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Normative data on the n-back task for children and young adolescents.

Pelegrina S, Lechuga MT, García-Madruga JA, Elosúa MR, Macizo P, Carreiras M, Fuentes LJ, Bajo MT - Front Psychol (2015)

Bottom Line: Gender differences were also observed, with girls outperforming boys although taking more time to respond.The theoretical implications of these results are discussed.Normative data stratified by age and gender for the three WM load levels are provided.

View Article: PubMed Central - PubMed

Affiliation: Department of Psychology, University of Jaén , Jaén, Spain.

ABSTRACT
The n-back task is a frequently used measure of working memory (WM) in cognitive neuroscience research contexts, and it has become widely adopted in other areas over the last decade. This study aimed to obtain normative data for the n-back task from a large sample of children and adolescents. To this end, a computerized verbal n-back task with three levels of WM load (1-back, 2-back, and 3-back) was administered to 3722 Spanish school children aged 7-13 years. Results showed an overall age-related increase in performance for the different levels of difficulty. This trend was less pronounced at 1-back than at 2-back when hits were considered. Gender differences were also observed, with girls outperforming boys although taking more time to respond. The theoretical implications of these results are discussed. Normative data stratified by age and gender for the three WM load levels are provided.

No MeSH data available.


Related in: MedlinePlus

Response time as a function of age in 1-back and 2-back conditions. Error bars indicate two standard error of the mean.
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Figure 4: Response time as a function of age in 1-back and 2-back conditions. Error bars indicate two standard error of the mean.

Mentions: The results of the mixed ANOVA revealed significant main effects for all variables (see Table 2). Load had a significant effect, since response times at 1-back were lower (M = 821.66; SD = 277.95) than at 2-back (M = 1014.32; SD = 432.22). An age effect was also found (see Figure 4). A trend analysis showed a significant linear component for age that explained 97.7% of the variance. Finally, there were a significant gender effect that was qualified by a significant interaction between load and gender. Although boys (M = 887.78, SD = 283.82) tended to respond quicker than girls (M = 970.94, SD = 284.44), this difference was greater at 2-back (106 ms) than at 1-back (73 ms) level. No other interaction was significant (p = 0.154). Post hoc comparison with the Bonferroni correction revealed significant differences between all age groups (p < 0.001), except between 11 and 12 years where no differences were found (p = 1).


Normative data on the n-back task for children and young adolescents.

Pelegrina S, Lechuga MT, García-Madruga JA, Elosúa MR, Macizo P, Carreiras M, Fuentes LJ, Bajo MT - Front Psychol (2015)

Response time as a function of age in 1-back and 2-back conditions. Error bars indicate two standard error of the mean.
© Copyright Policy
Related In: Results  -  Collection

License
Show All Figures
getmorefigures.php?uid=PMC4597481&req=5

Figure 4: Response time as a function of age in 1-back and 2-back conditions. Error bars indicate two standard error of the mean.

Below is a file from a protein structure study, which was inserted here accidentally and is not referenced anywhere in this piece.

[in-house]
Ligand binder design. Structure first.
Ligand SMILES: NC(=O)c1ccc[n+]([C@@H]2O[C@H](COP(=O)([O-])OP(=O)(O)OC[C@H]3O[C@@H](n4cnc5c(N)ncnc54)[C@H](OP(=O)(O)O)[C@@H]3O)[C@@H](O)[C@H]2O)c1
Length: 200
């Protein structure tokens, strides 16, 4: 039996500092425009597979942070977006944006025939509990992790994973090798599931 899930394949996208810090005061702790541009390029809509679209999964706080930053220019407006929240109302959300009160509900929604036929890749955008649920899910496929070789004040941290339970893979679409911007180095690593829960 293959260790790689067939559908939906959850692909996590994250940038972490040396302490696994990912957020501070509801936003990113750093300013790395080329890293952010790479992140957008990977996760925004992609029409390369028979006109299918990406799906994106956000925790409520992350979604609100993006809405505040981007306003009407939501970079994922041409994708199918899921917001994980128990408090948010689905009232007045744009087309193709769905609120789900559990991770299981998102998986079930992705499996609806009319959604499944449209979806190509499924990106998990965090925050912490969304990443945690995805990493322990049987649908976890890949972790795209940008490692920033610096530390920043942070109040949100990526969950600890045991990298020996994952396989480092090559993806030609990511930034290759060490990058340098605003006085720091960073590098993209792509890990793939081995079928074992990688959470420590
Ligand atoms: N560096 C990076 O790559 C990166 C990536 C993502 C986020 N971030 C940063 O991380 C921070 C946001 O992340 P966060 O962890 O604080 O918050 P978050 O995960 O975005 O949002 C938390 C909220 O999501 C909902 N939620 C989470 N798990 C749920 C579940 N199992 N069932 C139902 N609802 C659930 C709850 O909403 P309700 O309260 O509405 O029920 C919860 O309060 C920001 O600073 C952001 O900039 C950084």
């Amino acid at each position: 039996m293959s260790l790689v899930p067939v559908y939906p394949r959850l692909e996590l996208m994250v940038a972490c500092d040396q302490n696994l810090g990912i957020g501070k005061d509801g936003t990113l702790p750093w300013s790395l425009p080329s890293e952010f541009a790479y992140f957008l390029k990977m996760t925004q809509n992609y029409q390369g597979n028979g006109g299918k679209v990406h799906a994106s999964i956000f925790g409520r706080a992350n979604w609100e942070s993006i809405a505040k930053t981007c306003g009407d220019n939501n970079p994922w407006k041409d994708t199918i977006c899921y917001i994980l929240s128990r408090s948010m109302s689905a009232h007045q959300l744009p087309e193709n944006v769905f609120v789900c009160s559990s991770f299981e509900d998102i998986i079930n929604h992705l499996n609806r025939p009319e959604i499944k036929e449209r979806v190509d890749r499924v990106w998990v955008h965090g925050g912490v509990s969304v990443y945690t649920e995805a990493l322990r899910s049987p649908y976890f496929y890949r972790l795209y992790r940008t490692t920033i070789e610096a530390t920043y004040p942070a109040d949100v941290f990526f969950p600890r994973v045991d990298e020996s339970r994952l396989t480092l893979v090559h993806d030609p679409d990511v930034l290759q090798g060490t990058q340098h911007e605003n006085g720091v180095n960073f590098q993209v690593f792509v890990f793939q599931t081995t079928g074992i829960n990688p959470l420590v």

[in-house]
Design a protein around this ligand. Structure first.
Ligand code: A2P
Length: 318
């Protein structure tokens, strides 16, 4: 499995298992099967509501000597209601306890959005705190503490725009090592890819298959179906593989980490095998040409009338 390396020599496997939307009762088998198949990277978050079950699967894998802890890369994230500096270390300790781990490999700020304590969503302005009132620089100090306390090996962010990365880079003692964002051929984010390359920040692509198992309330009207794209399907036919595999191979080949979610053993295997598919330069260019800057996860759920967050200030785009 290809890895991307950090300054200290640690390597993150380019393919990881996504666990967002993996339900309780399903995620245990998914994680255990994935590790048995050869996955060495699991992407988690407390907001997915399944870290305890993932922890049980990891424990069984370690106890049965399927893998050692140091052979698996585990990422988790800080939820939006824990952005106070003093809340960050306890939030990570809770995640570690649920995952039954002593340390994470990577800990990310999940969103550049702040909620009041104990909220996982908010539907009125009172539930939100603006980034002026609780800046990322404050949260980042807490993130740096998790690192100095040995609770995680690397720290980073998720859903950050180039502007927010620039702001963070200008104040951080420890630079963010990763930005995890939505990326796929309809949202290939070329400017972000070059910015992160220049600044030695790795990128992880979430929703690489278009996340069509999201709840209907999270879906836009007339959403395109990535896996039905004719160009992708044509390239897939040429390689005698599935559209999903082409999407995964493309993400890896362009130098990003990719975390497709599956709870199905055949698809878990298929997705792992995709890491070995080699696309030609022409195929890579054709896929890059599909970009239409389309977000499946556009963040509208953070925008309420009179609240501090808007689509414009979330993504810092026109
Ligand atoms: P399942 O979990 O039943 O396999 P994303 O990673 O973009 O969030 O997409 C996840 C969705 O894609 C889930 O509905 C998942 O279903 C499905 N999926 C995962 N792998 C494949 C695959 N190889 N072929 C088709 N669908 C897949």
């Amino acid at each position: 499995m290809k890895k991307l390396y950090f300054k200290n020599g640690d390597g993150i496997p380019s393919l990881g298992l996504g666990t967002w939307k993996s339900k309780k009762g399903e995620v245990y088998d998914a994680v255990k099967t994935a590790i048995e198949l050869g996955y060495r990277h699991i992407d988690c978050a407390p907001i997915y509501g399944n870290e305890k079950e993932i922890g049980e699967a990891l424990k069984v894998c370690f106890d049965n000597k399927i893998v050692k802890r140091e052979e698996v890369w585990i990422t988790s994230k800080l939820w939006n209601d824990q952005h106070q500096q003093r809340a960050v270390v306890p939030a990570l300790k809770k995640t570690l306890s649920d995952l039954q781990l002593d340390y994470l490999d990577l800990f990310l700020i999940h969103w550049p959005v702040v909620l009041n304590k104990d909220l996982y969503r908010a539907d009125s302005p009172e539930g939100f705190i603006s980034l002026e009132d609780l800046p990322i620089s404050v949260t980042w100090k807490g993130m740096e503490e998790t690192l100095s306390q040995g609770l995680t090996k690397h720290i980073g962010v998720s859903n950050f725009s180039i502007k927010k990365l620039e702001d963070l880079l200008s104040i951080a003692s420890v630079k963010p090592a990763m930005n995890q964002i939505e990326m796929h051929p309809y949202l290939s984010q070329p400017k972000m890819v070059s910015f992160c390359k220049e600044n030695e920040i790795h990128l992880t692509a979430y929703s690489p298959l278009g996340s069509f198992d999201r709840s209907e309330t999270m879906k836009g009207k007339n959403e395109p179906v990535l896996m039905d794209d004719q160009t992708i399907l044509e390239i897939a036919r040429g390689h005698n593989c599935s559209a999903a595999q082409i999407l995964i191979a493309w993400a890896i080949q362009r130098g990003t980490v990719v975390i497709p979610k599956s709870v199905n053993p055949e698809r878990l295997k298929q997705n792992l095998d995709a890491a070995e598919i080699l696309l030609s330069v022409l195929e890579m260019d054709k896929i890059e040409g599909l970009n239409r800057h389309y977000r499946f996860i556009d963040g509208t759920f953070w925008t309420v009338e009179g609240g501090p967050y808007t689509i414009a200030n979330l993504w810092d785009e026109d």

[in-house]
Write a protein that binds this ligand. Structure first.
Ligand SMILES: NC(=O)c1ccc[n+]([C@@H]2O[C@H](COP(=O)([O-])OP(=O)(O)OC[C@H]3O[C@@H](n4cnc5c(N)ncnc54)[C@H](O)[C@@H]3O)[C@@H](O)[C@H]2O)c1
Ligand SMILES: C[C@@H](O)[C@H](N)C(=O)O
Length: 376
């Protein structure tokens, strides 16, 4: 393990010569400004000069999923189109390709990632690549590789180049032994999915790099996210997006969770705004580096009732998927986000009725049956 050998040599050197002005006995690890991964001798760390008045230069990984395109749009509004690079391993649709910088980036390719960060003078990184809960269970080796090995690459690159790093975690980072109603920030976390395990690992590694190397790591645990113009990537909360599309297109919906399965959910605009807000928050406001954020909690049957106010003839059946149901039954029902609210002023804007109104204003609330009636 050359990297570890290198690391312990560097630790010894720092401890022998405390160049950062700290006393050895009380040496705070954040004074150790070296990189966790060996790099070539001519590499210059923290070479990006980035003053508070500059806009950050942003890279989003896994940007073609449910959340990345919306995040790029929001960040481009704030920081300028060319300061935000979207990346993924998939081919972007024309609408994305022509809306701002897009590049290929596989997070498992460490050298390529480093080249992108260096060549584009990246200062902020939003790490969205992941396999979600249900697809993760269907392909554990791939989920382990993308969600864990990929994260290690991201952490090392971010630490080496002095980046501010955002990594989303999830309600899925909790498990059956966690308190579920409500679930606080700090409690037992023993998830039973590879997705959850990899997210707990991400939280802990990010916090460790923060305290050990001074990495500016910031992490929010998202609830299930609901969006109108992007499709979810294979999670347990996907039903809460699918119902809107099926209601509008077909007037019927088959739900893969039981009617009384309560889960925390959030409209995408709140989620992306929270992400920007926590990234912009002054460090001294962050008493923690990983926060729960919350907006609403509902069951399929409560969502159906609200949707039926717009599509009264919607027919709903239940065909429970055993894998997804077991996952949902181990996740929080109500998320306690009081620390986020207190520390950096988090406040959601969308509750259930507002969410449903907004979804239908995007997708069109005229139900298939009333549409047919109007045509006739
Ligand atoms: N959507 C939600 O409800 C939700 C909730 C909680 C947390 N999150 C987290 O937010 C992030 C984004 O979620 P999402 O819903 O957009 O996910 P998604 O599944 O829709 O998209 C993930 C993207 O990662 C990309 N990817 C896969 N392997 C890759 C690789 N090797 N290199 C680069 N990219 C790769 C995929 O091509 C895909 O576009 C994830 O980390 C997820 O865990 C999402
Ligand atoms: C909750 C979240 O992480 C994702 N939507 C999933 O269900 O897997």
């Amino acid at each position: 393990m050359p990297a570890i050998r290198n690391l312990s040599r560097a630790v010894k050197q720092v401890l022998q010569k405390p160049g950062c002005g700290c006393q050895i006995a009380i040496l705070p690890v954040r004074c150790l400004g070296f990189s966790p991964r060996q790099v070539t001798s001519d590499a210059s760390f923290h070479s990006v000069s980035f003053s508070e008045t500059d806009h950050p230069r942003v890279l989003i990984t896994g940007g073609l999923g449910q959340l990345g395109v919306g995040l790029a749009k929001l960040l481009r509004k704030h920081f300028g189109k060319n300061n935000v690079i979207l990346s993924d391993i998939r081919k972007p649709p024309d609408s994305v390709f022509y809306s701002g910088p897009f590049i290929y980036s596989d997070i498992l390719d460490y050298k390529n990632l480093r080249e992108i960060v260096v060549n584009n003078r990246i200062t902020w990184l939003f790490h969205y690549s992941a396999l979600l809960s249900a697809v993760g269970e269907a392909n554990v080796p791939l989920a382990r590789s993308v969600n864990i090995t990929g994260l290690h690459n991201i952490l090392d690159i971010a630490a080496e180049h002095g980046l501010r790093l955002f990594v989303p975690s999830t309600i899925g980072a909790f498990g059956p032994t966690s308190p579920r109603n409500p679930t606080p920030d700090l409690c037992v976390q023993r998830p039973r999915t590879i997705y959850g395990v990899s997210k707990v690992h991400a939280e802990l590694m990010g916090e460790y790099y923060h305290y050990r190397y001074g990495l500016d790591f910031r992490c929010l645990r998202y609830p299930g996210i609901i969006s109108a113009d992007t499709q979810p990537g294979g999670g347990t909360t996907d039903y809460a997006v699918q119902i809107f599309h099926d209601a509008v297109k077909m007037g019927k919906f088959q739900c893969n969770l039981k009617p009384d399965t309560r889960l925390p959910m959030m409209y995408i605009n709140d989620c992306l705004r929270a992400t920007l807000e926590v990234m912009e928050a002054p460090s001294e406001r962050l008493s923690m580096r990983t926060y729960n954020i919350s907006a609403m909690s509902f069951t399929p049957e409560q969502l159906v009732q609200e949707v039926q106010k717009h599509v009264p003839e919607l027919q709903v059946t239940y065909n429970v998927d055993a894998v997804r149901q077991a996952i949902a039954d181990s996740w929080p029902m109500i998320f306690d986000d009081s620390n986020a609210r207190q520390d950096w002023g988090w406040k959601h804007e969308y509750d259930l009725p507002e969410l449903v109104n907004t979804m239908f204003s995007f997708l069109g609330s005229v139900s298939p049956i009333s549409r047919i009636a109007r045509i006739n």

Mentions: The results of the mixed ANOVA revealed significant main effects for all variables (see Table 2). Load had a significant effect, since response times at 1-back were lower (M = 821.66; SD = 277.95) than at 2-back (M = 1014.32; SD = 432.22). An age effect was also found (see Figure 4). A trend analysis showed a significant linear component for age that explained 97.7% of the variance. Finally, there were a significant gender effect that was qualified by a significant interaction between load and gender. Although boys (M = 887.78, SD = 283.82) tended to respond quicker than girls (M = 970.94, SD = 284.44), this difference was greater at 2-back (106 ms) than at 1-back (73 ms) level. No other interaction was significant (p = 0.154). Post hoc comparison with the Bonferroni correction revealed significant differences between all age groups (p < 0.001), except between 11 and 12 years where no differences were found (p = 1).

Bottom Line: Gender differences were also observed, with girls outperforming boys although taking more time to respond.The theoretical implications of these results are discussed.Normative data stratified by age and gender for the three WM load levels are provided.

View Article: PubMed Central - PubMed

Affiliation: Department of Psychology, University of Jaén , Jaén, Spain.

ABSTRACT
The n-back task is a frequently used measure of working memory (WM) in cognitive neuroscience research contexts, and it has become widely adopted in other areas over the last decade. This study aimed to obtain normative data for the n-back task from a large sample of children and adolescents. To this end, a computerized verbal n-back task with three levels of WM load (1-back, 2-back, and 3-back) was administered to 3722 Spanish school children aged 7-13 years. Results showed an overall age-related increase in performance for the different levels of difficulty. This trend was less pronounced at 1-back than at 2-back when hits were considered. Gender differences were also observed, with girls outperforming boys although taking more time to respond. The theoretical implications of these results are discussed. Normative data stratified by age and gender for the three WM load levels are provided.

No MeSH data available.


Related in: MedlinePlus